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I warm it up slightly in the microwave and then use 2 spoons like John. I keep it stored at 60-65F, and I'm sure that I'm not warming it beyond about 80F. It's always messy, though.

I was under the impression that atomized glucose and dextrose are two different things and can't be substituted for glucose syrup, but I could be wrong. I seem to recall reading about this very topic somewhere in an EG Forum, but I can't find it.

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Glad to see I'm not the only one with this sticky problem :blink: One question - when you use your hand, how the heck do you measure it? You must be much more experienced than I at measuring liquids!!!!

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I go two wet spoons. Preferably weigh it onto a powder or something, if not straight into your cream so you're not losing any by getting it stuck onto your weighing dish.

I think if you had atomised glucose you could use 90% of the standard glucose weight and replace the other 10% with water. Powdered dextrose isn't the same as atomised glucose (something about the proportions of dextrose to maltose I think)though it probably really wouldn't make any major difference.

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By "good supplier" do you mean home hobbyist/small business level or mass quantities level? If the former, there are a lot of good sources online (chef rubber and l'epicerie just to quickly name two).

I mean one that will sell in quantities of 1 or 2 kg, for prices that make sense for sugar, not contraband!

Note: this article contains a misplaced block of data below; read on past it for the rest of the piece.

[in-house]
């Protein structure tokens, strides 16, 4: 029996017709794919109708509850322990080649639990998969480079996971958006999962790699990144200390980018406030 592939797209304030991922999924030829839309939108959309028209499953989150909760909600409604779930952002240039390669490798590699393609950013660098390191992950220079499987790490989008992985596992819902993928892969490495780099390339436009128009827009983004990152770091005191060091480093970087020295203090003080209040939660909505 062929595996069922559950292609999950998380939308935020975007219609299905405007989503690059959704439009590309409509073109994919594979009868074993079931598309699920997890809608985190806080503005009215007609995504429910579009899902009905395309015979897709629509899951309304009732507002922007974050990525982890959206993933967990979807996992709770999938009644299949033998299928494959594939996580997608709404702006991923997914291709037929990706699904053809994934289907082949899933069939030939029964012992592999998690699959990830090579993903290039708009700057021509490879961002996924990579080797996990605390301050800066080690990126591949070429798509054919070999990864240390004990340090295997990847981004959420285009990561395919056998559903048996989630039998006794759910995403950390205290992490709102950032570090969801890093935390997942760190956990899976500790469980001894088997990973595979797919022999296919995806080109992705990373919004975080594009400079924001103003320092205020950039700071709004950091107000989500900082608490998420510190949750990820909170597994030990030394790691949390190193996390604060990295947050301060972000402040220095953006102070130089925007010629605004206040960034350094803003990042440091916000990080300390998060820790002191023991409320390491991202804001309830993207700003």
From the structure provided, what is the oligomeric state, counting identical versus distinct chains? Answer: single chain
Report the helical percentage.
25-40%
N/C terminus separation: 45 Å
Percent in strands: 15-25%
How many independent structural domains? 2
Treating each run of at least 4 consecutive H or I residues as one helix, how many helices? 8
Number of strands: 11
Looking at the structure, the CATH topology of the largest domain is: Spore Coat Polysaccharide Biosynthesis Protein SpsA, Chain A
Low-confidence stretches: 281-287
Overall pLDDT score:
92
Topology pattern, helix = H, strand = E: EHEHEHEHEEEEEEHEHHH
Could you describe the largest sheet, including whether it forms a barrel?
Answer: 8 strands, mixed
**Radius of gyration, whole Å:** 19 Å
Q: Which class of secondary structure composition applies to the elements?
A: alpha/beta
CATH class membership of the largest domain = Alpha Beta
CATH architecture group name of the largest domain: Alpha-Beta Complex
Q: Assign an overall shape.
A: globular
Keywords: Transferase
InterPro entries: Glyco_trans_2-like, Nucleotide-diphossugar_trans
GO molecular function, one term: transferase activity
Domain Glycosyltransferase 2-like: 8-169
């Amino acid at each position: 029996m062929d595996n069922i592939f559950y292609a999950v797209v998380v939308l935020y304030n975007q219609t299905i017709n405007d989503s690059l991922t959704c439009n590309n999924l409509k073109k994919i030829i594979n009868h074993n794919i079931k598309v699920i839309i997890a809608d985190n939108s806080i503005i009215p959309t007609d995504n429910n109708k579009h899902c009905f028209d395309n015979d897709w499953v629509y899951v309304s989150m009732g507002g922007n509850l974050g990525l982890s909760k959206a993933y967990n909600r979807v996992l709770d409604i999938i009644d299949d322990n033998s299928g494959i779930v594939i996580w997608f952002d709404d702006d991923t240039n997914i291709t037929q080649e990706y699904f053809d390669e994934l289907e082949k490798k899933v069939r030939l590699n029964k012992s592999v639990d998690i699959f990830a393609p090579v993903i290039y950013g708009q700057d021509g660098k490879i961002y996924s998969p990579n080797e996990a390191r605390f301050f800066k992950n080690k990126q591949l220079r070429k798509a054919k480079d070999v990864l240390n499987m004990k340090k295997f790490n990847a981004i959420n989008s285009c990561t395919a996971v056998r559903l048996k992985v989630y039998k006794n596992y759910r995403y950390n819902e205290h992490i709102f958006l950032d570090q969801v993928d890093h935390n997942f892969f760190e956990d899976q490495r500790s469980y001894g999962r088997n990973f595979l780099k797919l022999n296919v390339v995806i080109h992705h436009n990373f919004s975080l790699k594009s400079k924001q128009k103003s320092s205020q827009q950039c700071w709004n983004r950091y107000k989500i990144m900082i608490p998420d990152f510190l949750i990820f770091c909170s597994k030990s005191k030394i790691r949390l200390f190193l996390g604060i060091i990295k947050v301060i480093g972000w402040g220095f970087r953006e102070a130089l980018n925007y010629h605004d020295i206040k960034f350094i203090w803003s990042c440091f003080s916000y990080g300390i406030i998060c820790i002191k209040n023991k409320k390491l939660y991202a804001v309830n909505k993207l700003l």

Oddly the cake and baking supply store in NYC has never heard of dextrose. The best source I've found so far sells it online as a nutritional supplement. I'm still annoyed I can't find it in the city.


Notes from the underbelly

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I re-used a corn syrup squeeze bottle. Filled up the 500ml bottle with a funnel and silicone spatula.

When I need small amounts like 2 oz or a couple of tbsp I just grab the squeeze bottle from the cupboard.

For larger amounts I prefer using my silicone spatulas.

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Glad to see I'm not the only one with this sticky problem  :blink: One question - when you use your hand, how the heck do you measure it? You must be much more experienced than I at measuring liquids!!!!

My formulas are all in weight, so I'm usually scooping into a pan or bowl on a scale. I've tried a wet tablespoon before, and the water does help, but you still have to scrape it out of the spoon.

Over my many years of working in pastry, I've gotten pretty good at eyeballing amounts, so I pretty much know the amount to try to scoop out when I'm weighing.